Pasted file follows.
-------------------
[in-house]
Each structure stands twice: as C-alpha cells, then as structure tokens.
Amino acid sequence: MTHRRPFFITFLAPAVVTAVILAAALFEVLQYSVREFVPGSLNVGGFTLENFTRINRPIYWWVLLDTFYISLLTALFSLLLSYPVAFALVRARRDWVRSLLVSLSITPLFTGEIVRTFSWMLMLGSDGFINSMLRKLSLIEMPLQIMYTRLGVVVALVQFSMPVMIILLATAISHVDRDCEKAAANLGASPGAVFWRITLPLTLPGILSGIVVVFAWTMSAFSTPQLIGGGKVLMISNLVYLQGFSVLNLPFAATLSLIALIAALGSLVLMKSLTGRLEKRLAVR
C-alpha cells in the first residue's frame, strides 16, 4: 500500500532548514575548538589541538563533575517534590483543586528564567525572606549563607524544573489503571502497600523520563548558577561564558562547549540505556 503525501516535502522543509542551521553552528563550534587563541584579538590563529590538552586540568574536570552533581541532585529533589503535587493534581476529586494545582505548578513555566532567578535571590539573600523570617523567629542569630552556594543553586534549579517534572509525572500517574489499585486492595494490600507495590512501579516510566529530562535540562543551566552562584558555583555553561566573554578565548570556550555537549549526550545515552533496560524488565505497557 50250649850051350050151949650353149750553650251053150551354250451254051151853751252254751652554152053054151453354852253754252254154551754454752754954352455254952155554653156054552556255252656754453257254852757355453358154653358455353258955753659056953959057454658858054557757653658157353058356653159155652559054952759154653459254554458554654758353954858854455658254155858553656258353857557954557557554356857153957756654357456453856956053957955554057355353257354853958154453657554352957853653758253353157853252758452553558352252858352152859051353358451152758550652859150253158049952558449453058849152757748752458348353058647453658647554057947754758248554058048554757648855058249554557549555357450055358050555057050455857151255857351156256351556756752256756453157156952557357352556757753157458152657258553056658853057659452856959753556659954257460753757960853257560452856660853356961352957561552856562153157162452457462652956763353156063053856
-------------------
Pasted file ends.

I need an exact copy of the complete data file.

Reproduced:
[in-house]
Each structure stands twice: as C-alpha cells, then as structure tokens.
Amino acid sequence: MTHRRPFFITFLAPAVVTAVILAAALFEVLQYSVREFVPGSLNVGGFTLENFTRINRPIYWWVLLDTFYISLLTALFSLLLSYPVAFALVRARRDWVRSLLVSLSITPLFTGEIVRTFSWMLMLGSDGFINSMLRKLSLIEMPLQIMYTRLGVVVALVQFSMPVMIILLATAISHVDRDCEKAAANLGASPGAVFWRITLPLTLPGILSGIVVVFAWTMSAFSTPQLIGGGKVLMISNLVYLQGFSVLNLPFAATLSLIALIAALGSLVLMKSLTGRLEKRLAVR
C-alpha cells in the first residue's frame, strides 16, 4: 500500500532548514575548538589541538563533575517534590483543586528564567525572606549563607524544573489503571502497600523520563548558577561564558562547549540505556 503525501516535502522543509542551521553552528563550534587563541584579538590563529590538552586540568574536570552533581541532585529533589503535587493534581476529586494545582505548578513555566532567578535571590539573600523570617523567629542569630552556594543553586534549579517534572509525572500517574489499585486492595494490600507495590512501579516510566529530562535540562543551566552562584558555583555553561566573554578565548570556550555537549549526550545515552533496560524488565505497557 50250649850051350050151949650353149750553650251053150551354250451254051151853751252254751652554152053054151453354852253754252254154551754454752754954352455254952155554653156054552556255252656754453257254852757355453358154653358455353258955753659056953959057454658858054557757653658157353058356653159155652559054952759154653459254554458554654758353954858854455658254155858553656258353857557954557557554356857153957756654357456453856956053957955554057355353257354853958154453657554352957853653758253353157853252758452553558352252858352152859051353358451152758550652859150253158049952558449453058849152757748752458348353058647453658647554057947754758248554058048554757648855058249554557549555357450055358050555057050455857151255857351156256351556756752256756453157156952557357352556757753157458152657258553056658853057659452856959753556659954257460753757960853257560452856660853356961352957561552856562153157162452457462652956763353156063053856